[23:04:54] And what the judge said, she is buying what the prosecutors have said here. She's given them sort of the proof. Kind of, she's saying you know what, I believe what you're saying here.

And she said it was really significant, I think what she said here is that the Mueller investigation for them, Konstantin Kilimnik is the link between the Russian government and the Trump campaign. Hugely significant.

And for many people that we have talked to, certainly, Konstantin Kilimnik in their mind, was perhaps the person that prosecutors and other investigators, the FBI, may have thought was the kind of guy who was in the middle of all the collusion. And it certainly seems by the judge's words today that she's buying that.

LEMON: Interesting. Juliette, we're also seeing so much of the filing redacted but the judge says that Kilimnik was a link between the Russian government and the Trump campaign. What does this mean for President Trump?

JULIETTE KAYYEM, CNN NATIONAL SECURITY ANALYST: I mean, three words. You know, Trump's campaign chairman. I mean, I don't know how much closer you have to get at this stage and Manafort is not just some errand boy. I mean, he ran the campaign.

And I think that the opinion just to pick up what's already been said, the opinion makes it clear that Kilimnik is -- and the Manafort relationship that we know of in terms of their meeting in August, is really what leads to all the redacted aspects of what was released today.

In other words, there is other investigations going on. At one stage the judge writes, you know, basically, most people know that Manafort earned about $60 million from the Ukrainians. He was essentially in absolute debt when he becomes the unpaid chairman of the Trump campaign, a relationship that is complicated of how he got there and why Trump wanted him.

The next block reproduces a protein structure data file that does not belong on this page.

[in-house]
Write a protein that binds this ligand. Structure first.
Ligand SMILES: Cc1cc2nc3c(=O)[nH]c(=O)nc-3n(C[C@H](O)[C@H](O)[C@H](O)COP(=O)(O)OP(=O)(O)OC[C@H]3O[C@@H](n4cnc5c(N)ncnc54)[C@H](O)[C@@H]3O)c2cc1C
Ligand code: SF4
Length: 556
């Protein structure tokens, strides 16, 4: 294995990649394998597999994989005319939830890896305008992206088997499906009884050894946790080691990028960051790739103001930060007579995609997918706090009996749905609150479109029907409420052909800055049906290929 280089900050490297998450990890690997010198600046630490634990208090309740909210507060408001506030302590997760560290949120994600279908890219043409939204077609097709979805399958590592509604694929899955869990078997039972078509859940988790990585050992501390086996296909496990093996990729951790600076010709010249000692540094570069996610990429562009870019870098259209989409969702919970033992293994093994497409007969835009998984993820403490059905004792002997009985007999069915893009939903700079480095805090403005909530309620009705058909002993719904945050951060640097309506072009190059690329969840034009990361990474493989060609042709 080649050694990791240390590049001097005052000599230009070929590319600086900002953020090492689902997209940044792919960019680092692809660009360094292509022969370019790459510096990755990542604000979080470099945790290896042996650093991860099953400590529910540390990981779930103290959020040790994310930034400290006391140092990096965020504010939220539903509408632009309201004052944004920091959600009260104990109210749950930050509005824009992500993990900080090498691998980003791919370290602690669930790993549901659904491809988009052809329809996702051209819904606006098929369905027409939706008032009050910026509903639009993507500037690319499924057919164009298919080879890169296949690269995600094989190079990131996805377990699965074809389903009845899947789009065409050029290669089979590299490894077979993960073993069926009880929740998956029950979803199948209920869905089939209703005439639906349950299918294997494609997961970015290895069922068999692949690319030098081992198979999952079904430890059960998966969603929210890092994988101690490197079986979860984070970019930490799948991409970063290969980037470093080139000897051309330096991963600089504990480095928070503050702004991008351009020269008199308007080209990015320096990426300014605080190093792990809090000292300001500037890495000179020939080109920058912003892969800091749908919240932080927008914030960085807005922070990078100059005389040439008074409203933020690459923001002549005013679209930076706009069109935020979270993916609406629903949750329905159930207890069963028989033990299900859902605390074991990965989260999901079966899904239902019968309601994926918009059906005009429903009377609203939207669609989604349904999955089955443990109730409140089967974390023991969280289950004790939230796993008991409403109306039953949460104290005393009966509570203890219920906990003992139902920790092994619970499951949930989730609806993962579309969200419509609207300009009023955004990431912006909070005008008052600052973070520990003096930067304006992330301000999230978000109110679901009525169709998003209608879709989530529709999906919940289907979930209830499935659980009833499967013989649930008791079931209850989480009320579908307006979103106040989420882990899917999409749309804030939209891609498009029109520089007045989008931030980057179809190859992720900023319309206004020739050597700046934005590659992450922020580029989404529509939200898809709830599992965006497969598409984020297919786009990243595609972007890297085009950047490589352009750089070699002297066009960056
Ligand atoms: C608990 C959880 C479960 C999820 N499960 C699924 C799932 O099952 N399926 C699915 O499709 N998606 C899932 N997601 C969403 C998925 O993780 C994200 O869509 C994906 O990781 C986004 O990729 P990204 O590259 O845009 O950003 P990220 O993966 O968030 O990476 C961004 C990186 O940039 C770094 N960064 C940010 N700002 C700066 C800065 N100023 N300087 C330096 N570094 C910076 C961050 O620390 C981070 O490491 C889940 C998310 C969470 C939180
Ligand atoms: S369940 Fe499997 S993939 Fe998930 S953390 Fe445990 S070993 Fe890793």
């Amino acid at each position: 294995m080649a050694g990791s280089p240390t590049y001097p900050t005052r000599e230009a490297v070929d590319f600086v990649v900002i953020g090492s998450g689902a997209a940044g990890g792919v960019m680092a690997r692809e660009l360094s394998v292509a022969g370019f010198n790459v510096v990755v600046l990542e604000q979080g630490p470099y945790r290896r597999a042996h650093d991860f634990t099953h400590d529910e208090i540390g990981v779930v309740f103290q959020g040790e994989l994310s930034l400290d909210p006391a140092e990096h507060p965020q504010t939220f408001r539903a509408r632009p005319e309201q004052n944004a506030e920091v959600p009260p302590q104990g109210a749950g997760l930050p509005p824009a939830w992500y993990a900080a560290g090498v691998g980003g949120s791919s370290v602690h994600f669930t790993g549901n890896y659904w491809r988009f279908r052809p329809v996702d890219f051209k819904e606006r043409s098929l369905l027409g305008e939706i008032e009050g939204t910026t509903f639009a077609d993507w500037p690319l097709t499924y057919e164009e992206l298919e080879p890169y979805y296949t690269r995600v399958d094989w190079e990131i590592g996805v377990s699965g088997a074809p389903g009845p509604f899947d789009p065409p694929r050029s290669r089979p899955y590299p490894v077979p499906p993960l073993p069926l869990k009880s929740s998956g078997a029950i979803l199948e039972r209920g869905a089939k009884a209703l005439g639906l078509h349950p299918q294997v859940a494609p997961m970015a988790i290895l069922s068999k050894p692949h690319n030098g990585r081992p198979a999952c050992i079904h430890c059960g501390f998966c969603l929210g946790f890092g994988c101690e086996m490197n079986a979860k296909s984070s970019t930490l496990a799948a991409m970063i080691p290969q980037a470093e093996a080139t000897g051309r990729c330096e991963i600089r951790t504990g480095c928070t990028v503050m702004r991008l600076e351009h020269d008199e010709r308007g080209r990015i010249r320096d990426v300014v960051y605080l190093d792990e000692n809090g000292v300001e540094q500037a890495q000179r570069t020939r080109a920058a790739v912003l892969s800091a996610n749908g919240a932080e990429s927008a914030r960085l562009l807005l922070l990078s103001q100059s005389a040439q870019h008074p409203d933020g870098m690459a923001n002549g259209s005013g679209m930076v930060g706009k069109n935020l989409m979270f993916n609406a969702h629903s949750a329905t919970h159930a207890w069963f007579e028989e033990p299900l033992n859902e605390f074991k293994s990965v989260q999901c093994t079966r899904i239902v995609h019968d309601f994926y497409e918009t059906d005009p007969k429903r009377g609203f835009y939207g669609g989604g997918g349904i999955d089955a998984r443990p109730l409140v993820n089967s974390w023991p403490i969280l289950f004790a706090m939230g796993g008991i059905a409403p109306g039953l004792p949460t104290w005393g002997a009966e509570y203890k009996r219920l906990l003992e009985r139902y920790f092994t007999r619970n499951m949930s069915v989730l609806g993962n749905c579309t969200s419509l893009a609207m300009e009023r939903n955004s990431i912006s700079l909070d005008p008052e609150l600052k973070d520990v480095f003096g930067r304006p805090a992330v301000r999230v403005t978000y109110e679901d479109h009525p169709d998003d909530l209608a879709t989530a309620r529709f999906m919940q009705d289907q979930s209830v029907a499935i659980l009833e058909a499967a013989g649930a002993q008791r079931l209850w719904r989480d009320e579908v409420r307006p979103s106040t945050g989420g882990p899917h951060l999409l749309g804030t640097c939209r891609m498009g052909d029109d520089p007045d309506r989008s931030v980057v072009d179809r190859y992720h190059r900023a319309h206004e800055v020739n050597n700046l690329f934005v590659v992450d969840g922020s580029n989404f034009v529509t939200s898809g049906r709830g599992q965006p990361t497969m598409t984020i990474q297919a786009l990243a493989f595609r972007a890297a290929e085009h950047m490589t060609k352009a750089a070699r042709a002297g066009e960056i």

He has as the judge says, a liquidity problem when the campaign is going on and after, and so is likely meeting with all sorts of people for a variety of reasons, they might be financial, but they also might be the collusion.

And so, what we're just seeing hints of this, but the Trump campaign cannot get out of the Kilimnik factor at this stage. Kilimnik becomes relevant of course for the Trump tower meeting and Manafort, just to remind everyone, a couple years ago, the dossier told us, still has yet to be proven wrong, that Manafort was the linchpin for the Russia- Trump relationship. And I think the judge just confirmed it today.

LEMON: But we still don't know why would he lie?

KAYYEM: Why would he lie? Because the truth -- I mean, look, I know there's theories about he wanted to protect his family. I don't believe any of that. I mean, he lies because he either is expecting a pardon or because the truth is not going to get him in any better position. I mean, the truth is that bad.

And we are getting hints of what the truth is. But that Manafort wants to protect his family, come on, he's in absolute debt and he's going to be in jail the rest of his life. This is a man who does not think about, you know, the community around him, right? This is someone who looks out for himself.

LEMON: Yes. Sixty million dollars allegedly from the Ukrainians.

KAYYEM: And spent it all. Spent it all.


PROKUPECZ: The ostrich jacket.


KAYYEM: That's right.

LEMON: I would not be sitting here if someone handed me $60 million.

KAYYEM: You can't see my shoes from where you are, but it's a fashion.

LEMON: So, Michael Moore, Manafort is going to get the opportunity to address the judge. Do you think there could be a moment where he may try to signal something to the president or do you think he's already signaled by.



MOORE: I mean, I think he's already sent his message and he sort of told us that he's not, that he's hanging on for a pardon. When you get to be his age, at some point, you know, whether you do 10 years, 5 years, or 20 years, it doesn't really matter. We know from seeing him in some court appearances that he's not doing well, you know, in the federal government hotel there.

He's not been receiving that well, I mean, he's lost his hair died, he's having gout, he's got to walk with a cane sometimes at various times like this. So, he's really not doing well.